Working requirement for more than 40 hours

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Working requirement for more than 40 hours

I am currently working a rotating 4 week shift. I work 2 weeks Monday through Friday normal working hours. 7 straight days of evenings and then a swing week of Wednesday and Thursday, off Monday, Tuesday and Friday. My concern is during the 7 straight days there are a Saturday and Sunday, there has to be 12 hours coverage. Currently, we have a 4 hour person coverage from 2 pm to 6 pm that relieves in the middle of the day where the normal shift only works 8 hours instead of 12 hours. This person receives 4 hours comp time for the coverage. There is a proposal to do away with the 4 hour person therefore the normal shift will be working 12 hours with no overtime or comp time for the extra 4 hours. Is the company obligated to either give the the normal 4 hours comp or overtime pay? The week this happens you would be working 48 total hours.

Asked on May 28, 2018 under Employment Labor Law, Texas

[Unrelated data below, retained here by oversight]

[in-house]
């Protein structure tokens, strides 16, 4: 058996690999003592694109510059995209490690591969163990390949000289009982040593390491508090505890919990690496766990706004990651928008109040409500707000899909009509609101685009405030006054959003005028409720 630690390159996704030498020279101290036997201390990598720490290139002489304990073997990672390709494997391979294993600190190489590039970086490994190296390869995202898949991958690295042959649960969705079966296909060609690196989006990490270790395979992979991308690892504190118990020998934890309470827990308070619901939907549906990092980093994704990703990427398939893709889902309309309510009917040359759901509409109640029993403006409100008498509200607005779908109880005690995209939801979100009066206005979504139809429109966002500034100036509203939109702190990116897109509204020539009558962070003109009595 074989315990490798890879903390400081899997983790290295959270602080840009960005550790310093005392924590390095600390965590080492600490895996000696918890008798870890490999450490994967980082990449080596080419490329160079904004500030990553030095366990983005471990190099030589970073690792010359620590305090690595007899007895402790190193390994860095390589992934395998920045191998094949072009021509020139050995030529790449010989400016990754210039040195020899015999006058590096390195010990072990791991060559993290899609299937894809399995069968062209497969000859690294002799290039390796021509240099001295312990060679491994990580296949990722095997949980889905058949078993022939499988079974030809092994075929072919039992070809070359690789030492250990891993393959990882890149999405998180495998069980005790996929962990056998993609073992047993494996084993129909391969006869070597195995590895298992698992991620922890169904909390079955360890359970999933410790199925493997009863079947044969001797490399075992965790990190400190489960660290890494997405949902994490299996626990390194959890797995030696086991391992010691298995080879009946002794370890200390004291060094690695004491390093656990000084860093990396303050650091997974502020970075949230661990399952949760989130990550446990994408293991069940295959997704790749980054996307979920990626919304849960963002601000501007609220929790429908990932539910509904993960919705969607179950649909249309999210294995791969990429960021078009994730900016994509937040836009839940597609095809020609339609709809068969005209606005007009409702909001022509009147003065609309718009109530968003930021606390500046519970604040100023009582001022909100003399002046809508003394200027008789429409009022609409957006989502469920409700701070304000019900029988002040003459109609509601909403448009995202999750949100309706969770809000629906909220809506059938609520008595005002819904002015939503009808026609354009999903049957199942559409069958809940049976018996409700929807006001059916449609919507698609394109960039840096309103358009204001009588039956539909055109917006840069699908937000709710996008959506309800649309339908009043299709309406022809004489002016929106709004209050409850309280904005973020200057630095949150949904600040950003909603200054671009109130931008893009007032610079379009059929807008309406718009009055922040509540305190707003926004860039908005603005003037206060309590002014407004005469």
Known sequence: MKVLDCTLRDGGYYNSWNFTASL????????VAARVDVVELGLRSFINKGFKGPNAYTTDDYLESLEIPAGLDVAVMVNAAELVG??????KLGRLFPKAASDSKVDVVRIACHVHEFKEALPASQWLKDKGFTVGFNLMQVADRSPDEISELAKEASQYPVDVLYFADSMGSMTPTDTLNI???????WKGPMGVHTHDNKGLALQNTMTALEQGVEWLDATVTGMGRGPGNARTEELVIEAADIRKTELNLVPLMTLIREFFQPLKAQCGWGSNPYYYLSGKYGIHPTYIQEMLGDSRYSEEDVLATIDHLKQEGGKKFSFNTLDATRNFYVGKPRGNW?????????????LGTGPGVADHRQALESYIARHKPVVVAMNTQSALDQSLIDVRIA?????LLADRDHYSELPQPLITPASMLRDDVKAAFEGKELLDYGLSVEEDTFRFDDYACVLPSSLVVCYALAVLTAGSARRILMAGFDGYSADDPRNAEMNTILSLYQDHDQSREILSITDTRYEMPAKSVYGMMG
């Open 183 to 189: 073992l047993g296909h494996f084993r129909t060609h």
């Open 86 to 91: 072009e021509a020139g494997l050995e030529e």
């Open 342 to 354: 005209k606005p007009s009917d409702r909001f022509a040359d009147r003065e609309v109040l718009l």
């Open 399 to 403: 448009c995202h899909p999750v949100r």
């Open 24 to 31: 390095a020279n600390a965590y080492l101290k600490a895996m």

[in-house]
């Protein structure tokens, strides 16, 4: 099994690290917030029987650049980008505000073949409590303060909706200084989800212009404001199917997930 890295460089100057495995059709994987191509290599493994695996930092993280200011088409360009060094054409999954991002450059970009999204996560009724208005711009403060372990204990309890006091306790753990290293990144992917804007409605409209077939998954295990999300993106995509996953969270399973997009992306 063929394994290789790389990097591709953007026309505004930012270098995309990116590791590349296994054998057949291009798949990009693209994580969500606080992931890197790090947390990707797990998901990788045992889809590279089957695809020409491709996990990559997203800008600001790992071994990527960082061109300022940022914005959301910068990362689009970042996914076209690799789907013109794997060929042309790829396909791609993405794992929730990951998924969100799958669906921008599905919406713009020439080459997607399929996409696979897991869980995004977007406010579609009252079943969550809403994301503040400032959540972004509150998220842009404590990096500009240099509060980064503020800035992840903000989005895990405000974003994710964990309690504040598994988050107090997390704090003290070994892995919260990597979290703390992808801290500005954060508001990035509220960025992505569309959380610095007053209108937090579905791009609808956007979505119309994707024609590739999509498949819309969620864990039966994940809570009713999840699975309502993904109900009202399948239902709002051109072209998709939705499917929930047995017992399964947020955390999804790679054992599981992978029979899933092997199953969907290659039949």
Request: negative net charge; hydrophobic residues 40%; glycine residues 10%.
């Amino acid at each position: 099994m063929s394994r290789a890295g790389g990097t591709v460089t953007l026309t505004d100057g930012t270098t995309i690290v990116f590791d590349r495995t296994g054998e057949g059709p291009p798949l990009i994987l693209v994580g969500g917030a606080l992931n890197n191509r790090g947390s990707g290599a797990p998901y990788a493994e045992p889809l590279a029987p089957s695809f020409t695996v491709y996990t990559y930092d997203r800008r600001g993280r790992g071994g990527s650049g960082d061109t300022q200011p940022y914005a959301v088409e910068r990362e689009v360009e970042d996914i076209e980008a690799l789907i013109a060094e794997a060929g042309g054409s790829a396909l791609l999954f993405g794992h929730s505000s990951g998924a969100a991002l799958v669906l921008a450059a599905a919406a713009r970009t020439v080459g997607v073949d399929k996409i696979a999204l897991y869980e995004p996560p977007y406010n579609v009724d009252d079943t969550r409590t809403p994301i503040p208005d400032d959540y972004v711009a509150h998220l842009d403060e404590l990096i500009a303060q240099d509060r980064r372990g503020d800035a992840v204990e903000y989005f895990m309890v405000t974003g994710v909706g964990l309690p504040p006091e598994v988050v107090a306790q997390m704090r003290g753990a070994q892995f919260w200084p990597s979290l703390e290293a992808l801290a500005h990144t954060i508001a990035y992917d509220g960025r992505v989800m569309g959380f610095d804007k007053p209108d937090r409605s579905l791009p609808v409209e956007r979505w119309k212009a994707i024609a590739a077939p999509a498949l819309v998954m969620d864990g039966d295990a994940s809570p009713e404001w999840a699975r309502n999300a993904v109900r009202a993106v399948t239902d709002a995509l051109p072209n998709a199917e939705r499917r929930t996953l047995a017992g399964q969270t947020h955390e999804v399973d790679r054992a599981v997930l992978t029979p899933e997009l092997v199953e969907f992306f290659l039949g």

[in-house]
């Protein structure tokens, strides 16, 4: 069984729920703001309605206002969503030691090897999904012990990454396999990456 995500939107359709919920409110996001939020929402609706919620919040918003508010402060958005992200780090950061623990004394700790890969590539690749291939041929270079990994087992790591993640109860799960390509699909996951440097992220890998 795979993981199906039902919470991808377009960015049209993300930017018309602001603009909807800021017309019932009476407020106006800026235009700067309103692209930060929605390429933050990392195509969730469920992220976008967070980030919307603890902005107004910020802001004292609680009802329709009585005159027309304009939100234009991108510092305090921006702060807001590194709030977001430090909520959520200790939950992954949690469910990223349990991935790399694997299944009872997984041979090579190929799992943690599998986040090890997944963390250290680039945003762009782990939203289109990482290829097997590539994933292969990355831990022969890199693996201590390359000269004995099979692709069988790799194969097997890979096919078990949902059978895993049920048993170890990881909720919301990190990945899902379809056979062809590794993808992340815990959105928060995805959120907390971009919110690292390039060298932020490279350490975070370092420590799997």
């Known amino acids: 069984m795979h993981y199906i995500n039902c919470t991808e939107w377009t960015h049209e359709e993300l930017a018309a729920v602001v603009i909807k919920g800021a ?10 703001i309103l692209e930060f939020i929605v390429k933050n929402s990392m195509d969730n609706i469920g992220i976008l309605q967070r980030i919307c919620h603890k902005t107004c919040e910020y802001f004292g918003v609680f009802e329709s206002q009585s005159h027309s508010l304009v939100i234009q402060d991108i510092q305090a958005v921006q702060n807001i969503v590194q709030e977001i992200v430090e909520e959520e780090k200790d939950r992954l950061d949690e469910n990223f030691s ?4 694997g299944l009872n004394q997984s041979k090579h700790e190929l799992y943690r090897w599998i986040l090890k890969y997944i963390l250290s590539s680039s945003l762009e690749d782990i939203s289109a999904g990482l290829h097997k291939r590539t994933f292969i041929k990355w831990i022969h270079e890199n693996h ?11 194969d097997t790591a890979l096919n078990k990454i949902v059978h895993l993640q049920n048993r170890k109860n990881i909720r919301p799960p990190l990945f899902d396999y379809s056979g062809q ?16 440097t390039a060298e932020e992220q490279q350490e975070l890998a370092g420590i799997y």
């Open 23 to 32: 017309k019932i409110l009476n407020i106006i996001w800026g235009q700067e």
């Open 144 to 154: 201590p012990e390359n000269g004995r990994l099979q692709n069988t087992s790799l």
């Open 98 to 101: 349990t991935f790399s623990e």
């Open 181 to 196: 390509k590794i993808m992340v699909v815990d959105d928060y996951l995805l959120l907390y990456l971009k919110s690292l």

Answers:

SJZ, Member, New York Bar / FreeAdvice Contributing Attorney

Answered 3 years ago | Contributor

The law is very simple: when you work more than 40 hours in a single workweek, if you are not-exempt from overtime (which includes if you are paid on an hourly, not salaried, basis), you must be paid overtime (time-and-a-half) for all time past 40 hours. Except as provided below, not only must you receive overtime for hours past 40 in a week, but your employer cannot substitute comp time for it--they can give you comp time in addition to base pay or overtime if they want, but they can't offer comp time instead of overtime: getting overtime is the law.
IF you are working for a government agency under a union contract which provides for comp time instead of overtime, in that case, you could get comp time rather than overtime when the contract says you should--but this is for all practical purposes, the only exception to the obligation to provide overtime to nonexempt employees. All private sector nonexempt employees (which again includes all hourly employees) get overtime.
If you are not receiving overtime when you should, contact the department of labor about filing an overtime complaint.


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